There are plenty of resources out there that discuss eating paleo/whole foods on a budget. Robb Wolf’s Paleo Diet Budget Shopping Guide is a good one. I haven’t been able to take advantage of one of the popular recommendations of buying meat in bulk and freezing it, since I don’t have a chest freezer (yet?). However, I have been able to fully realize the joys of a different bulk buying experience: Costco.
Buying the Costco membership a few months ago was kind of a gamble. Since I’d had one before, I knew that it was a great place to buy so much toilet paper that I could build a tower in my bathroom with it. I also knew that it was a bastion of the standard American diet and the brands that feed it. If you so choose, you can walk away with pounds of chicken nuggets, mozzarella sticks, pizza-bagel bites, mega-jarred mayo, and a big jar of Prilosec to take care of the after-effects.
I had read in Robb Wolf’s guide that Costco sells grass-fed ground beef, though, so I decided to give the place a try. Over the past couple of months, I’ve been pleasantly surprised by the selection. During my last visit, I took note of many of the paleo-friendly items and their prices so that if any paleo readers are on the fence about buying a membership, they can have a little more information at their disposal about whether this might be worth their while.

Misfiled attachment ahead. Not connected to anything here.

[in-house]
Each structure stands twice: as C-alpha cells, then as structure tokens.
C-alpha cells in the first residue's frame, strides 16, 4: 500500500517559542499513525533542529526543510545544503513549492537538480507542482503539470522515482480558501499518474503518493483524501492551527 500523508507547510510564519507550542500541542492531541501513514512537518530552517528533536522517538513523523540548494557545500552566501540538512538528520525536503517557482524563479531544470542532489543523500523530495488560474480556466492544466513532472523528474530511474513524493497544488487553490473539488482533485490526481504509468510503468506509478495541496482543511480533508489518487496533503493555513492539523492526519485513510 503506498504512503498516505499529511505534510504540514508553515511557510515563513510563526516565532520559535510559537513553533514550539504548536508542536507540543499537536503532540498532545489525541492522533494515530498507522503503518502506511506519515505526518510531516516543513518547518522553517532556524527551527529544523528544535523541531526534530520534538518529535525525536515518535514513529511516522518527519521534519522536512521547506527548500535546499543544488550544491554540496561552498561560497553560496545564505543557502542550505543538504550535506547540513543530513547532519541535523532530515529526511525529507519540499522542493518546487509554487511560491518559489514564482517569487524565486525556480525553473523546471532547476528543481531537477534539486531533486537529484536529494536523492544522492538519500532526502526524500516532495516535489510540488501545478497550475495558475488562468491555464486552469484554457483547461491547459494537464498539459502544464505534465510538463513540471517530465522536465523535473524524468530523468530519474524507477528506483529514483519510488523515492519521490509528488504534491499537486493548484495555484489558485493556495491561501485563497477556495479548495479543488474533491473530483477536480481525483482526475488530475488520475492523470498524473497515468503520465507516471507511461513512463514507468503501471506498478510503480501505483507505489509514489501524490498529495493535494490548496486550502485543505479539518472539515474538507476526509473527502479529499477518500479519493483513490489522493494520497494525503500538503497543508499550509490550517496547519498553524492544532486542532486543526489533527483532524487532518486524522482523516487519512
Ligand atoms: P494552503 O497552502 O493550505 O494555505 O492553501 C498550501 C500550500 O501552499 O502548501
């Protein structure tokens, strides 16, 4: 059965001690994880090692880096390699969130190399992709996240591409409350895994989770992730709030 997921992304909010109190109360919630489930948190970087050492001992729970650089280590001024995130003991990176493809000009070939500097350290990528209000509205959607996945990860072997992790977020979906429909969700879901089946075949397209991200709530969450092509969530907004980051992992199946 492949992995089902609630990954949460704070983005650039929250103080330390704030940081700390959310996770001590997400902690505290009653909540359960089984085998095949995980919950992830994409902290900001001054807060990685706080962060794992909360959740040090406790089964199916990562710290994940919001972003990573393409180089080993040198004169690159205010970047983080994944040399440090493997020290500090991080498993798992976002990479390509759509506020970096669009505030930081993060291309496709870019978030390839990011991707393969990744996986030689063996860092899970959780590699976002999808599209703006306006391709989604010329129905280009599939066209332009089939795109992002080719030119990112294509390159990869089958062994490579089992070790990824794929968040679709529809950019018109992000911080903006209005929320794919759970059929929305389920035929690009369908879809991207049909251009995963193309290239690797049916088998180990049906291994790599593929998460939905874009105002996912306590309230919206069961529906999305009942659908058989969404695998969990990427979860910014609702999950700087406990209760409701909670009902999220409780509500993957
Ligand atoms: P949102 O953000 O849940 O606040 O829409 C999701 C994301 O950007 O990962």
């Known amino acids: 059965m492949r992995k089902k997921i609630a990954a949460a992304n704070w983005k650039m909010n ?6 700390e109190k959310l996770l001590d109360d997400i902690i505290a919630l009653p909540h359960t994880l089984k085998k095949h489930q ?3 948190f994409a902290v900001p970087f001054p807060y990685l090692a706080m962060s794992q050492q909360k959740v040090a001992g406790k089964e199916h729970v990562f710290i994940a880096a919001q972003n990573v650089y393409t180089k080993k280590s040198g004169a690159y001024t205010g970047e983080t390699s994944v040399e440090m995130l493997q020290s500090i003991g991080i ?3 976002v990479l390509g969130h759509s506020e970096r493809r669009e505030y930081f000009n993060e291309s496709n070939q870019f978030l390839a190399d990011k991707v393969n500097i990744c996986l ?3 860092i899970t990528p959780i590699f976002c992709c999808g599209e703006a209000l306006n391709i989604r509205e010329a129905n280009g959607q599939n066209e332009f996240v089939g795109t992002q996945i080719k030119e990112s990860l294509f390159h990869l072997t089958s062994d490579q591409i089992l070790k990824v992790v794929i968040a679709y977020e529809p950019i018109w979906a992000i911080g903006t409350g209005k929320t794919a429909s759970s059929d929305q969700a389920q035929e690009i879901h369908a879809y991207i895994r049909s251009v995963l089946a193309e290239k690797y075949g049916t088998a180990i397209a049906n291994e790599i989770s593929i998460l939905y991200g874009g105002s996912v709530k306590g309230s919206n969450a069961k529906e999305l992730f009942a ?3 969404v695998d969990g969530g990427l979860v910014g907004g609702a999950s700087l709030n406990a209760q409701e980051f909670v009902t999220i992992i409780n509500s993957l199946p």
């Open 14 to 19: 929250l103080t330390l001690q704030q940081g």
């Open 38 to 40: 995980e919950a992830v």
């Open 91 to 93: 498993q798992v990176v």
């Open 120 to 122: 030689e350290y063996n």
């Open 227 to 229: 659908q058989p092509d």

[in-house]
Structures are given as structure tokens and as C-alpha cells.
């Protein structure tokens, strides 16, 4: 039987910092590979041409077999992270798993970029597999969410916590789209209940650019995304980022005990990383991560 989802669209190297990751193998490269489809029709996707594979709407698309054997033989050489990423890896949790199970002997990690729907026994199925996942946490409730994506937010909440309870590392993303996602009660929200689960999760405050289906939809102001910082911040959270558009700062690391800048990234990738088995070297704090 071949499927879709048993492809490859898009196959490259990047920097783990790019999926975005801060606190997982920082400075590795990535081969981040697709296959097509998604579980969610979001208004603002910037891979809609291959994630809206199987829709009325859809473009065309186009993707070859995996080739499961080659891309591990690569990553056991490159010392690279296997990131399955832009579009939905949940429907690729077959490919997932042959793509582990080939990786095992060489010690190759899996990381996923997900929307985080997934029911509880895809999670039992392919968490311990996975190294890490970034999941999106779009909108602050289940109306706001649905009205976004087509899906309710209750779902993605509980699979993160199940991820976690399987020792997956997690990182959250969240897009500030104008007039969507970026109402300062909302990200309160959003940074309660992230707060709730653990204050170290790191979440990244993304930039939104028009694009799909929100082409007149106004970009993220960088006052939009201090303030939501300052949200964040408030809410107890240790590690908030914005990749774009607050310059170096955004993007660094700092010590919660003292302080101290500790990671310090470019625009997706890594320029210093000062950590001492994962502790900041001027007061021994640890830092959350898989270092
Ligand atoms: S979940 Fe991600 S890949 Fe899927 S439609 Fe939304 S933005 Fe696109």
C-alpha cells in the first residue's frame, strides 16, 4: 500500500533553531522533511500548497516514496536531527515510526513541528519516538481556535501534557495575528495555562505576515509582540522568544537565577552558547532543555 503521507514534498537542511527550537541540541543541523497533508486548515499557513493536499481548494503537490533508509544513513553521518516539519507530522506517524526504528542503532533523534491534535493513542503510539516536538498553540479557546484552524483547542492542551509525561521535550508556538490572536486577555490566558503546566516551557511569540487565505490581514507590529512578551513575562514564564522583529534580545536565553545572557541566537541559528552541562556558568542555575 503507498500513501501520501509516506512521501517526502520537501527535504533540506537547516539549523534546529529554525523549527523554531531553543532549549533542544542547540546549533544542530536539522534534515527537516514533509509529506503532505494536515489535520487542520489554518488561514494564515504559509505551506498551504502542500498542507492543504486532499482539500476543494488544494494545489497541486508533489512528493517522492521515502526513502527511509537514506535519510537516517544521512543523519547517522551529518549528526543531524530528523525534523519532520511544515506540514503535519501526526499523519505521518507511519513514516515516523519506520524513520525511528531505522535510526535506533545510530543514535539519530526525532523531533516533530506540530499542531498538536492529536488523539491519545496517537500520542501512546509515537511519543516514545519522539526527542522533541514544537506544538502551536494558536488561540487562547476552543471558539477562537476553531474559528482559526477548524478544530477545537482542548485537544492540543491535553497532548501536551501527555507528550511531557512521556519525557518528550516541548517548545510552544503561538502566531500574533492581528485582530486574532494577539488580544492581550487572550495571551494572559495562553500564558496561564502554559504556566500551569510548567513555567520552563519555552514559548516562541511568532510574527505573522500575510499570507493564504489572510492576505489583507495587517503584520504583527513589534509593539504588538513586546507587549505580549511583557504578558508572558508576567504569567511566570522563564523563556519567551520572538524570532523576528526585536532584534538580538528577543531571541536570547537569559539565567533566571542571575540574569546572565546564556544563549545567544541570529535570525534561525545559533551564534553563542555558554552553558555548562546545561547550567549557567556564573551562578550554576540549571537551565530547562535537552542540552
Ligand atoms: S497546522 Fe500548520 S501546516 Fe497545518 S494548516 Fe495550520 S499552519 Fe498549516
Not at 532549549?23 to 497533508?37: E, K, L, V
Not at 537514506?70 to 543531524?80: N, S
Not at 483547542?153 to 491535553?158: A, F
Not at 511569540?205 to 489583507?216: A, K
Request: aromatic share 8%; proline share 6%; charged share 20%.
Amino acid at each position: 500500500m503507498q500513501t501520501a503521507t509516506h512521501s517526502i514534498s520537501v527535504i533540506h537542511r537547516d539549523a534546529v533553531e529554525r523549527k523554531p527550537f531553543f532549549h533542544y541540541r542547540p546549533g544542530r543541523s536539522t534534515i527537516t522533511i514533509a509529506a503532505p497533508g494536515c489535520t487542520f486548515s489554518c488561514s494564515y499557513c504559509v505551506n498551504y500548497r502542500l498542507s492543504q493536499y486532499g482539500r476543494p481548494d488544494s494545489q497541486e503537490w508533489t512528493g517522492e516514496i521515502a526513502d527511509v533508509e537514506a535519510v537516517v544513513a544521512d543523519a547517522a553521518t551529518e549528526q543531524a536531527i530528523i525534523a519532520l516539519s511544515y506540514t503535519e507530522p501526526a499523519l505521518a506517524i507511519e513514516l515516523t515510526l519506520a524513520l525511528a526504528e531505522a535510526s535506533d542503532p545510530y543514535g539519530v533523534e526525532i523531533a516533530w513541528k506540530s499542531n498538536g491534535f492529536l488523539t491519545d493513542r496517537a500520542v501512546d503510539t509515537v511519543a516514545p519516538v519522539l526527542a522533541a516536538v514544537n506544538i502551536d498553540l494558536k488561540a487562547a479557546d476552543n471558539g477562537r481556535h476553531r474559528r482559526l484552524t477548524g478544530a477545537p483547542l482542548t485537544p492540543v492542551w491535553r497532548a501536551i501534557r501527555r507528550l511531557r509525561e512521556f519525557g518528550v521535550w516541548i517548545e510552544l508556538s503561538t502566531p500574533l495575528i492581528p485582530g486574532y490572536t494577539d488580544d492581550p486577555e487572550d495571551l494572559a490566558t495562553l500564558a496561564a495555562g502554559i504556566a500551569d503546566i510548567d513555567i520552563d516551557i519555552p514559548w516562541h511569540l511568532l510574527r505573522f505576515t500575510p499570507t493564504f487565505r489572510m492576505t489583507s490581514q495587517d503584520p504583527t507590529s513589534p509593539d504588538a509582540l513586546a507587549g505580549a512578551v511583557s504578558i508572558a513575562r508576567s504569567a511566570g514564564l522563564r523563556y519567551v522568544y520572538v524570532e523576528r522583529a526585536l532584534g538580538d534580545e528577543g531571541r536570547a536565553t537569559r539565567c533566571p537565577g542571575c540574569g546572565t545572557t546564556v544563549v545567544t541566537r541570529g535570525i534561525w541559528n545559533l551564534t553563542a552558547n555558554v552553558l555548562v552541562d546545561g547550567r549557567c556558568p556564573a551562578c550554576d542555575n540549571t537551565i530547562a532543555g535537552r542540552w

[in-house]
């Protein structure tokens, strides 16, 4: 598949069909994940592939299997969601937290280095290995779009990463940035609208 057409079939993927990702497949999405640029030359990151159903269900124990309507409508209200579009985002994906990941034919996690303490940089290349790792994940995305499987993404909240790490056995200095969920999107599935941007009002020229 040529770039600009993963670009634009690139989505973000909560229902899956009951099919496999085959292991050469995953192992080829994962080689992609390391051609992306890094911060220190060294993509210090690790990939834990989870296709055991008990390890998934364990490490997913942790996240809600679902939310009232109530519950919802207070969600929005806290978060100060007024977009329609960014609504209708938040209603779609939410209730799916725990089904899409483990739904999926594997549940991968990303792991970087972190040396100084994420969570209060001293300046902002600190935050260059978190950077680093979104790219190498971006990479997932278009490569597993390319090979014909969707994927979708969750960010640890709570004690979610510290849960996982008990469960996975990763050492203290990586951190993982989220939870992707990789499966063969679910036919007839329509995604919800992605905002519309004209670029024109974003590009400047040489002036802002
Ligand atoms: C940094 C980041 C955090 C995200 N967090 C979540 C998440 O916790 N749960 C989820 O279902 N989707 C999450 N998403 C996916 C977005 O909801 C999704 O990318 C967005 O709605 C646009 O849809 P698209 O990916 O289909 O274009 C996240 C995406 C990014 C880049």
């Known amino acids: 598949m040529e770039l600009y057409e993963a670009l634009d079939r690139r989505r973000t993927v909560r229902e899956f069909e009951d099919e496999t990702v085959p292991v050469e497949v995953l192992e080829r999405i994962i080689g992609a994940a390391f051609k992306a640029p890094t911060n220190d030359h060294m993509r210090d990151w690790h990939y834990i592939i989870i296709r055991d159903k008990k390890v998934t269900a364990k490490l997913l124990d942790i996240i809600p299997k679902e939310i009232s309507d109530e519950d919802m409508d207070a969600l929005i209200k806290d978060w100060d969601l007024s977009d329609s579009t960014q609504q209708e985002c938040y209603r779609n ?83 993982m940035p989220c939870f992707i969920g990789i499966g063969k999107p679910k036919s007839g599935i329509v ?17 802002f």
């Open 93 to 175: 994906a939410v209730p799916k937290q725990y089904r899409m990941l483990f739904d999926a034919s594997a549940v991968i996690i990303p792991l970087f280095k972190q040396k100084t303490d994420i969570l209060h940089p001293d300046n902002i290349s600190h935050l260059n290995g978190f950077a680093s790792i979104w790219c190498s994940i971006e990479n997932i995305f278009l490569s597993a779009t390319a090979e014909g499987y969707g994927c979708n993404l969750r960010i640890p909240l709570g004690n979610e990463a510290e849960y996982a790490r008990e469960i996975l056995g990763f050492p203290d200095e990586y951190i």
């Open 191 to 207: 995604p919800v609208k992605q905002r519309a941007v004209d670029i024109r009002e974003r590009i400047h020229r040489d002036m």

I recognize that some of these items may not be ideal paleo choices. Omega-3 eggs, for example, might not be as high-quality as farmers-market-fresh eggs laid by pastured hens. I haven’t used the majority of these products, so I can’t speak to their quality, except where noted. Personally, I use Costco to supplement trips to my primary grocery store, Central Co-Op; my small neighborhood grocery store; and farmer’s markets. And, of course, I fill up on gas every time I go
This is an incomplete list, but it’s a starting point to give you a sense of what’s available.
List revised 12/26/12; all items and prices from South Seattle Costco
Oberto BBQ Pork Jerky (no gluten ingredients), 2 packages, 9oz each: $12.49
Kirkland Steak Strips (jerky with no gluten ingredients), 12oz: $8.99
Larabar Variety Pack, 18 bars: $15.79
Mauna Loa Macadamia Nuts, 24oz can: $15.89
Kirkland Dry Roasted Almonds, 2.5lb: $8.99
Kirkland Pistachios, 48oz: $14.99
Wonderful Shelled Pistachios, 24oz: $14.99
Made in Nature Organic Black Mission Figs (no added sugar), 32oz: $7.99
S&W Organic Tomato Sauce, 12 cans, 15oz each: $7.69
S&W Organic Stewed Tomatoes, 8 cans, 14.5oz each: $7.69
S&W Organic Tomato Paste, 12 cans, 6oz each: $6.39
S&W Organic Whole Peeled Tomatoes, 6lb6oz can: $2.65
Musco Family Olive Co. Pearls, Extra Lg. Pitted California Ripe Olives, 8 cans, 6oz ea: $8.45
Tabasco Sauce, 12oz: $4.95
French’s Mustard, 105oz: $3.79
Star Nonpareil Capers, 25oz: $4.99
Grey Poupon Dijon Mustard, 2pk, 16oz ea: $6.79